Joe Fairless: Yeah, I believe we have stuff in our Best Ever Apartment Syndication Book about conference calls too, and how to prepare for those conversations.
Theo Hicks: Yeah, we do.
Joe Fairless: Yeah, more information on that… If you wanna dig in there, just look in that section of the book.
Theo Hicks: Good stuff. Moving on, we’re going to mention one of your client’s conferences today on the podcast…
Joe Fairless: Yeah, Dan Handford. He’s got a virtual summit, 40+ speakers; I’m gonna be one of them, I think I’m doing the keynote… It’s a virtual conference, so you can attend from your living room, or your office. There’s also several in-person meetup events surrounding the summit, like watch parties, pre-event meetups, things like that. You can sign up for the virtual summit; it’s Dan Handford’s Multifamily Investor Nation Summit, January 17th and 19th, at apartmentevent.com… Super-easy to remember, apartmentevent.com. But wait to get your discount code, which I’m about to give you, and that is “BESTEVER”. You get $100 off. You can go to apartmentevent.com and sign up for that summit.
Theo Hicks: That’s great that he got that URL, apartmentevent.com.
Joe Fairless: Yeah, smart.
Theo Hicks: Alright, so on to the trivia question. Last week’s question was “What is the cheapest state to live in based off of cost of living factors?” The answer was Mississippi. If you were the first person, you’ll be getting a signed copy of the first book that we wrote.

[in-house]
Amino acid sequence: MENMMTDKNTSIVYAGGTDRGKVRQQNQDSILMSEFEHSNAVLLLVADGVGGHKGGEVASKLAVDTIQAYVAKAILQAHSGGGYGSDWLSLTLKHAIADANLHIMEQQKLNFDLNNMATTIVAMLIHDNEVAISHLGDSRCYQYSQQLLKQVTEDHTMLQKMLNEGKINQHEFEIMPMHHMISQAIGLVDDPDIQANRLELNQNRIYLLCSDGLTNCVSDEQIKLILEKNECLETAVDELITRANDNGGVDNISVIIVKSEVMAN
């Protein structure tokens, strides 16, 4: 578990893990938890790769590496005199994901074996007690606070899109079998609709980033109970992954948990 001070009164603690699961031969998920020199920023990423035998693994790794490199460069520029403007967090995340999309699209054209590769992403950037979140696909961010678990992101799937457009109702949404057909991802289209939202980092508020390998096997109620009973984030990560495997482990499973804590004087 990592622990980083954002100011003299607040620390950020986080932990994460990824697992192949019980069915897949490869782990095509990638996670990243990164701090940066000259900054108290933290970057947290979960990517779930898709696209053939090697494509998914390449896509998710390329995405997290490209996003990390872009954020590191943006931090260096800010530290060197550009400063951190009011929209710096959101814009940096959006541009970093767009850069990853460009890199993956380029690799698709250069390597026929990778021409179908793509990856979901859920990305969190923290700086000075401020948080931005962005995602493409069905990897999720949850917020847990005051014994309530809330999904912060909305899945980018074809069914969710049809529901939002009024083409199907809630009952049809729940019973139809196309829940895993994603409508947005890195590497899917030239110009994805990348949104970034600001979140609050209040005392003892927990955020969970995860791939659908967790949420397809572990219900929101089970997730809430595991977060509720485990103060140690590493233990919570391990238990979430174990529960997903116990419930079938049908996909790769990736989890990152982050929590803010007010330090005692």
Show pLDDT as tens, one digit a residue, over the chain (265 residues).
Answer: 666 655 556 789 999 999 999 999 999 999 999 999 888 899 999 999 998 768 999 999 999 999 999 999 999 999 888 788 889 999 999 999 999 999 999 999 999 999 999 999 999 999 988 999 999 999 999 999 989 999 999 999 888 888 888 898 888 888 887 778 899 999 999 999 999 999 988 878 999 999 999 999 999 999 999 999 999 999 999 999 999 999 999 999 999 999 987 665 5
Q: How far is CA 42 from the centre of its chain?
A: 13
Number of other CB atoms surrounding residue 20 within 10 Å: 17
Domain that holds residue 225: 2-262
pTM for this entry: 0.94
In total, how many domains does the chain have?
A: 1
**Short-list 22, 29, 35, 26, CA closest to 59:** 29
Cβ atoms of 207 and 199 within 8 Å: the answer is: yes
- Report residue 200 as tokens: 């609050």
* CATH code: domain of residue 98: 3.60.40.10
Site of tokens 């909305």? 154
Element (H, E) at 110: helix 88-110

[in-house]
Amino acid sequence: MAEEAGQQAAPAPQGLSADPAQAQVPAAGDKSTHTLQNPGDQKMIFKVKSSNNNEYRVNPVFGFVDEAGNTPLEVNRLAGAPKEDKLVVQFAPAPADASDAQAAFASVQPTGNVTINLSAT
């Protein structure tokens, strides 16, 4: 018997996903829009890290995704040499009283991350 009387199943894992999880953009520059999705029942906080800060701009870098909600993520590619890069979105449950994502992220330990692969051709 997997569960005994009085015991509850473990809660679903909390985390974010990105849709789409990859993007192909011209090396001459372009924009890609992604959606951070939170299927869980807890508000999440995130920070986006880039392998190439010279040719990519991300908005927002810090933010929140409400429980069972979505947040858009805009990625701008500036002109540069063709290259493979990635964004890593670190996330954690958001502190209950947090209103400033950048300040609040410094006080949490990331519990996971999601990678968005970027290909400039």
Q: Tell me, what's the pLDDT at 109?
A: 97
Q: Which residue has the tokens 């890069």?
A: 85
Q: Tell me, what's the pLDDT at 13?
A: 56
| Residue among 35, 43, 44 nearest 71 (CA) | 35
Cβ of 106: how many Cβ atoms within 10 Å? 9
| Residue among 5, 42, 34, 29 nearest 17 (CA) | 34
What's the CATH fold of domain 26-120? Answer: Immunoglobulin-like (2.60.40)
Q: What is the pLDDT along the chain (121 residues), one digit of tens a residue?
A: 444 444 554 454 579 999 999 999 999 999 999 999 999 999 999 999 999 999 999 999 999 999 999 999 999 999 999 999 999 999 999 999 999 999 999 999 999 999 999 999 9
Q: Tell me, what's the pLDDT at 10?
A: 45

You’ll also want to answer this week’s question in order to get your book… I’m not sure if we’ll do repeat, but definitely continue to answer these questions in order to receive that signed book.
The question is going to be “What is the city with the highest total share of high-end apartment buildings?” These are B+ and higher apartment buildings, and this covers all of 2017 and all of 2019 through October. So what is the city with the highest total share of high-end luxury, class B+ or higher apartment buildings?
Joe Fairless: So it’s the percent of apartment buildings that are B+? What city has the highest percentage of B+ apartment buildings?
Theo Hicks: Exactly.
Joe Fairless: Is it buildings or units?
Theo Hicks: It was buildings.
Joe Fairless: Buildings, okay. Well, you have the answer again, in this document I have in front of me — I definitely would not have guessed it. Next week we won’t have the answer in here, so I’ll give my guess for future questions. Good luck, Best Ever listeners, on this one… It’s definitely surprising.
For the winners of previous questions – we will be sending those books out in the next week or two. Samantha, my right-hand person on my team – she’ll be mailing them out; we’ve gotta get some copies in our office first. Then I’ll sign them and we’ll get them out to you. So if you won already – it’s coming, we’re on top of it.
And then February 22nd-23rd – you know what’s going on, don’t you, Theo?
Theo Hicks: Best Ever Conference 2019.
Joe Fairless: That’s right, Best Ever Conference 2019. It’s in Denver, Colorado. Go to BestEverConference.com. A speaker that I wanna mention is gonna be there is Julie Lam of GoodEgg Investments. She is going to be on a panel that I will be moderating, about taking the leap from smaller stuff to larger stuff, and how she has done that, with some specific case studies, and some other people on the panel will be speaking about that topic as well.